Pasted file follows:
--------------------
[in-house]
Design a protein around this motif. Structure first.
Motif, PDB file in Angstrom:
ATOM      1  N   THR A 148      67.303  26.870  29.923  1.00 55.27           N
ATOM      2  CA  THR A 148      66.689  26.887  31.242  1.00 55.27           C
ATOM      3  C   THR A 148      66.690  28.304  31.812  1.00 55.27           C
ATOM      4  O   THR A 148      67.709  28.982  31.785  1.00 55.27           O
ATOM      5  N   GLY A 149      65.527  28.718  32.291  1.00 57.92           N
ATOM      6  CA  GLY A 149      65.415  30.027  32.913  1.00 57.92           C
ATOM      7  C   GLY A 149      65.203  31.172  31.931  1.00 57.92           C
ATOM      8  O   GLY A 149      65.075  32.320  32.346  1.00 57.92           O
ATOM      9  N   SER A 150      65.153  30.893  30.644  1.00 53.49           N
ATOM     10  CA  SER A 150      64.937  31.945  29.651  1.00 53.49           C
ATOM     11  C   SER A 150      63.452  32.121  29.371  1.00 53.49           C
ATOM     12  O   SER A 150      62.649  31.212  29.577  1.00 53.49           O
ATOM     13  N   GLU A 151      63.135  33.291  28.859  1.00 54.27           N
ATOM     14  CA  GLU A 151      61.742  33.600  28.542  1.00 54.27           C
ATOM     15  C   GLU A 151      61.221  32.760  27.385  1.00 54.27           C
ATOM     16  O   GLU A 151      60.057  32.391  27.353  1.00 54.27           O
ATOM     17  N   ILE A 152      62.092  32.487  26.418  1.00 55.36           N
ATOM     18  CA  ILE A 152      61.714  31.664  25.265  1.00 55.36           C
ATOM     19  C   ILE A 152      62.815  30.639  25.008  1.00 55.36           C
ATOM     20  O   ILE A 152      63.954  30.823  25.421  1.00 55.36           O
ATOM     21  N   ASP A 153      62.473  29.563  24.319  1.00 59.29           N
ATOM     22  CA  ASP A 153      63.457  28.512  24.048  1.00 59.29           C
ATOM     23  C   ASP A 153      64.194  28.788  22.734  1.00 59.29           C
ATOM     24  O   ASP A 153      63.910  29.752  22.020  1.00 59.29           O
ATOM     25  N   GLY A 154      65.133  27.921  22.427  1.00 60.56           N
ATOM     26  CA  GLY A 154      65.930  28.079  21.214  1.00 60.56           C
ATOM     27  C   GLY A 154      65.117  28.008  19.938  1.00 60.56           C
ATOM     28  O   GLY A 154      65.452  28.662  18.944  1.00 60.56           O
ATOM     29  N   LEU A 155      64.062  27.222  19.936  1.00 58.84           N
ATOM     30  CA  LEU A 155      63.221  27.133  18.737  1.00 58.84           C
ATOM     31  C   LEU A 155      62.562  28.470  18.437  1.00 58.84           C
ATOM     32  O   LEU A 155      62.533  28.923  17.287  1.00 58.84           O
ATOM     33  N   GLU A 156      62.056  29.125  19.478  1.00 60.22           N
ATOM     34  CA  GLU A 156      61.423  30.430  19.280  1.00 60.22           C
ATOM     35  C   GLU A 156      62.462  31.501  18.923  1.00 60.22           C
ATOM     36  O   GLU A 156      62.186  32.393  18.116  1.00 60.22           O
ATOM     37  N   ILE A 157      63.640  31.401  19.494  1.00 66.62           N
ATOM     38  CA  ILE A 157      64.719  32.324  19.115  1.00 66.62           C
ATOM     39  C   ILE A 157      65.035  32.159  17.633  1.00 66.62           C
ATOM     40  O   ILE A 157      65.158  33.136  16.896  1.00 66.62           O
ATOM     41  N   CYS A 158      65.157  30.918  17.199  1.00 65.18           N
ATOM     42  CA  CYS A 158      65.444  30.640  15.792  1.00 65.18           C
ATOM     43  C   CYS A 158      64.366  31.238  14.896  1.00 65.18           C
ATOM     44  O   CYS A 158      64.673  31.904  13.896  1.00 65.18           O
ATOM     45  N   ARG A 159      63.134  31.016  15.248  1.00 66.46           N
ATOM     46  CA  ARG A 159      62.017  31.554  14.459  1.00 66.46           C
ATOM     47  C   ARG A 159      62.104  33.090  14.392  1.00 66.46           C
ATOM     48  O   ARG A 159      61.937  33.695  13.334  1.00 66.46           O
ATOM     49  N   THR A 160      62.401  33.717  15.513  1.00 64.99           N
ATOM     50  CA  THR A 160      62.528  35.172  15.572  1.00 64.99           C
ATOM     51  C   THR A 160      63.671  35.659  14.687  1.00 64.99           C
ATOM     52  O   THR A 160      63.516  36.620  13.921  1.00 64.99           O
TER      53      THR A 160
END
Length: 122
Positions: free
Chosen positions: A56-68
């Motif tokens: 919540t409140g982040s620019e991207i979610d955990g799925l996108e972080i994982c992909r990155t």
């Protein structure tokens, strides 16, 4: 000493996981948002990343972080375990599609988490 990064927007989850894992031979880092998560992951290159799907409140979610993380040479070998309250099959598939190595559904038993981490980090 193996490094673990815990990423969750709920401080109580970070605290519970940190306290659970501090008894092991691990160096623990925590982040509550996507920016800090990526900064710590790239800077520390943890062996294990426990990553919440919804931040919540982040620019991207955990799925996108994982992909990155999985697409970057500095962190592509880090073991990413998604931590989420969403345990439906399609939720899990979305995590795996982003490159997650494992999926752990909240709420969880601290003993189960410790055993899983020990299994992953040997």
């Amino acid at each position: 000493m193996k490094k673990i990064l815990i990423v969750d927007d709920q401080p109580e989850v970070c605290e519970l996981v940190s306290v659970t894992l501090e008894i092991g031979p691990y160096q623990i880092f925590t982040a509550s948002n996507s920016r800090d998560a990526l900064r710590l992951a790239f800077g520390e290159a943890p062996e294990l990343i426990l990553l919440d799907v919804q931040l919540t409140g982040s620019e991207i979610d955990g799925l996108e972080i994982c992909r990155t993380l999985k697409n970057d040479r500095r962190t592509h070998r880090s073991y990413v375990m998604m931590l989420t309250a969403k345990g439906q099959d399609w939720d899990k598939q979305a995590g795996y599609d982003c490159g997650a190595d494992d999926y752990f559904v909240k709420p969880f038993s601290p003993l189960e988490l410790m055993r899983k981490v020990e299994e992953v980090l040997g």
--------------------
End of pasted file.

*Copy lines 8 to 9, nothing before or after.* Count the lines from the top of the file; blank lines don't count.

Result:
ATOM      5  N   GLY A 149      65.527  28.718  32.291  1.00 57.92           N
ATOM      6  CA  GLY A 149      65.415  30.027  32.913  1.00 57.92           C